Study could make docs rethink 'vegetative' diagnosis link
A study could give professionals in the medical industry pause to rethink the handling of people in a supposed vegetative state.
The new study conducted on 104 patients in Columbia University's neurological ICU found that one in seven patients who underwent brain scans were able to respond to verbal commands in their brains, even though there was no external sign of it, such as the movement of a body part.
Life News reports the study, published in the New England Journal of Medicine, shows 15 percent of patients responded to the verbal commands.
Bobby Schindler of the Terry Schiavo Life & Hope Network says the study shows we are giving up on people far too quickly.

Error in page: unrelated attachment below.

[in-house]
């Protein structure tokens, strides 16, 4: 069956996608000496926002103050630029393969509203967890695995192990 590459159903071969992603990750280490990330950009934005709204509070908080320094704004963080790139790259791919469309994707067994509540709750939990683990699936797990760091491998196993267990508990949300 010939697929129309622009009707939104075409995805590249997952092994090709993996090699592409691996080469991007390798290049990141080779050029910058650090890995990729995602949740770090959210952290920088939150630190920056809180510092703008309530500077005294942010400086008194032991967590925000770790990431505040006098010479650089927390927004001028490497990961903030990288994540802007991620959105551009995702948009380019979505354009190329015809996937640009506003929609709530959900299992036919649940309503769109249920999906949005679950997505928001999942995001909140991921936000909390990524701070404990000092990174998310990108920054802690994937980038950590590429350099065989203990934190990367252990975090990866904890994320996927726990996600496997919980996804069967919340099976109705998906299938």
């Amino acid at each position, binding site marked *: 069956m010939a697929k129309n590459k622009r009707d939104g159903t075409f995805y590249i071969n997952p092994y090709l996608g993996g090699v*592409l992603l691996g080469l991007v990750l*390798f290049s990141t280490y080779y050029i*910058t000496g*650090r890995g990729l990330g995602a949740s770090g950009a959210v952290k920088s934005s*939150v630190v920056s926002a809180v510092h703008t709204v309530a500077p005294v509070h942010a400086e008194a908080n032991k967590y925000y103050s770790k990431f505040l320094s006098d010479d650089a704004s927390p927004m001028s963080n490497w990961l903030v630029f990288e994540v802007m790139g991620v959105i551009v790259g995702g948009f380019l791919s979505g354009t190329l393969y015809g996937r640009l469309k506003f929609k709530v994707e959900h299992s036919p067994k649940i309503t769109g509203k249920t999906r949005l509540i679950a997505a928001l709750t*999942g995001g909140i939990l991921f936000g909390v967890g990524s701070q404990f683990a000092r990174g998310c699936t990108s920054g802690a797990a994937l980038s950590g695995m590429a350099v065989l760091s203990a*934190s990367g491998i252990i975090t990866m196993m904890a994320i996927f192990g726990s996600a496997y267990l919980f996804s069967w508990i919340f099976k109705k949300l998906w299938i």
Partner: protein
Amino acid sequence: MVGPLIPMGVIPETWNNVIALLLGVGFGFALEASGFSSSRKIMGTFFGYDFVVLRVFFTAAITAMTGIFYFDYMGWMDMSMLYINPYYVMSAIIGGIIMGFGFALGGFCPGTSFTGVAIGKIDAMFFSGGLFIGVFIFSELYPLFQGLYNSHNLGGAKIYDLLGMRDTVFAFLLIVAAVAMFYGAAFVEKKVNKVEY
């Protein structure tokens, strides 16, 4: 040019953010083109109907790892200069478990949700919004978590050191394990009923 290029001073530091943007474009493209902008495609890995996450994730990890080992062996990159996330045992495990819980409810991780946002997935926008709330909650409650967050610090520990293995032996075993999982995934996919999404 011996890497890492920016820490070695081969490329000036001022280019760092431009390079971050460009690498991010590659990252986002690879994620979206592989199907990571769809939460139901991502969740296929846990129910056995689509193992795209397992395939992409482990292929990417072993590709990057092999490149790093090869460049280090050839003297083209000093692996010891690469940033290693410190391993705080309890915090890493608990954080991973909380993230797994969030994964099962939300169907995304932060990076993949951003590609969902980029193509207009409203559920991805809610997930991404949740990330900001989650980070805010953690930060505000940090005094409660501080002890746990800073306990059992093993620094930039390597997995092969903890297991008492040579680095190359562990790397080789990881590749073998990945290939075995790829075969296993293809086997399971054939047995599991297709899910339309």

“And often times this decision is to end their lives,” he warns, “which is the insanity to give up hope and not give these individuals the opportunity to see in fact if they can recover.”
Many people are sustained only by food and hydration through a feeding tube, he says, but often they are withdrawn based on their diagnosis which results in their death.
Schindler's sister, Terry Schiavo, suffered a heart attack and brain injury, and although she was able to respond in a limited way a court order resulted in the withdrawal of treatment and she died.
Schindler says the new study validates people such as himself who say patients deserve protection and rehabilitation from medical professionals rather than handing them a death sentence.